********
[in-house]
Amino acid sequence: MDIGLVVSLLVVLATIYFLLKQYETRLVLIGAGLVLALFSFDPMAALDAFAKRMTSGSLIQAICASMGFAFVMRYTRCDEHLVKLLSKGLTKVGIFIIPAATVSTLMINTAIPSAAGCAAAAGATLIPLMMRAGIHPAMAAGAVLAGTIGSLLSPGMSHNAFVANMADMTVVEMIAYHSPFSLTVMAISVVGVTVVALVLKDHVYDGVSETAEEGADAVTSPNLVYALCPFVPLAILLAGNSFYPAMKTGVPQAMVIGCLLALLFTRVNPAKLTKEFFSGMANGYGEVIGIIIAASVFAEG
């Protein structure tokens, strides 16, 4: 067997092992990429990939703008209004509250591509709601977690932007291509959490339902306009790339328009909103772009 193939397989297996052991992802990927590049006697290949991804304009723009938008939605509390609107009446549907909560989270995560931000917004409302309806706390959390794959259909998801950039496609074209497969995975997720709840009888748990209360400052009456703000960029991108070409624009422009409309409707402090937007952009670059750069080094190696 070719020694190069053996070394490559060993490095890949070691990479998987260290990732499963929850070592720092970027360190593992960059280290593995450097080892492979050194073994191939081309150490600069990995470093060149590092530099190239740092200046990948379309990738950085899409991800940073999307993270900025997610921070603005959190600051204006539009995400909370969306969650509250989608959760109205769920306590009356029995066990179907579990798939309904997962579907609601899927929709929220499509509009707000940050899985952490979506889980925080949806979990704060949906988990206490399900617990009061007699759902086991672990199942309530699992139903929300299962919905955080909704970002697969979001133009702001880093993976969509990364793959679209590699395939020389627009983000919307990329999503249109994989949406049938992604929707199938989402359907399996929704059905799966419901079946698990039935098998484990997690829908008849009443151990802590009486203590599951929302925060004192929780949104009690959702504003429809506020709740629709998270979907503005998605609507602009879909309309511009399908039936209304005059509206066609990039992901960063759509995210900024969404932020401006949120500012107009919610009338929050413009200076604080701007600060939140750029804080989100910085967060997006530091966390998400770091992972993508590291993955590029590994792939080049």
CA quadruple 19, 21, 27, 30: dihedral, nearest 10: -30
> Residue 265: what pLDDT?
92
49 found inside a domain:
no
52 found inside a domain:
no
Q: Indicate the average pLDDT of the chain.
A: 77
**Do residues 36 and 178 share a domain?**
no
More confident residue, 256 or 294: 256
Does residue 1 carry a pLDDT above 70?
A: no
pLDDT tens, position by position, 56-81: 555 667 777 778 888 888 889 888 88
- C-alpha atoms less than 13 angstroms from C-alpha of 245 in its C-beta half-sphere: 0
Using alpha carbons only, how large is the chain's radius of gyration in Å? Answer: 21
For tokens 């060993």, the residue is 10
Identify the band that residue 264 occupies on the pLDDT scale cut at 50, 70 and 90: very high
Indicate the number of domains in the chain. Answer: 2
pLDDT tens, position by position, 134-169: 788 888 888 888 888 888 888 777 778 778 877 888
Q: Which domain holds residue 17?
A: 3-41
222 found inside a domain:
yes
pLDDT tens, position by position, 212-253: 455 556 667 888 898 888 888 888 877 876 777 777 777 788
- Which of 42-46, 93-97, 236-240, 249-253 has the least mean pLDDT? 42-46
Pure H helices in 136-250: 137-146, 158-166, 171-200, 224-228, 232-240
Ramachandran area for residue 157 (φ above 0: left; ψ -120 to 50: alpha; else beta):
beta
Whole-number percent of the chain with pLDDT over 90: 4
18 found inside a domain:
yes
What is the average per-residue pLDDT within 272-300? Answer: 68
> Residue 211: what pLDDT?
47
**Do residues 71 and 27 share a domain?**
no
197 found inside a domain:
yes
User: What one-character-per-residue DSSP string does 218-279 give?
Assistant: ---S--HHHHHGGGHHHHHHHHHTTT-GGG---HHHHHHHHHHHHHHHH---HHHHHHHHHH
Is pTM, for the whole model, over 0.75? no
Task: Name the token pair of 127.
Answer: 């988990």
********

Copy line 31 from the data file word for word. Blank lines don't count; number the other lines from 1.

Pure H helices in 136-250: 137-146, 158-166, 171-200, 224-228, 232-240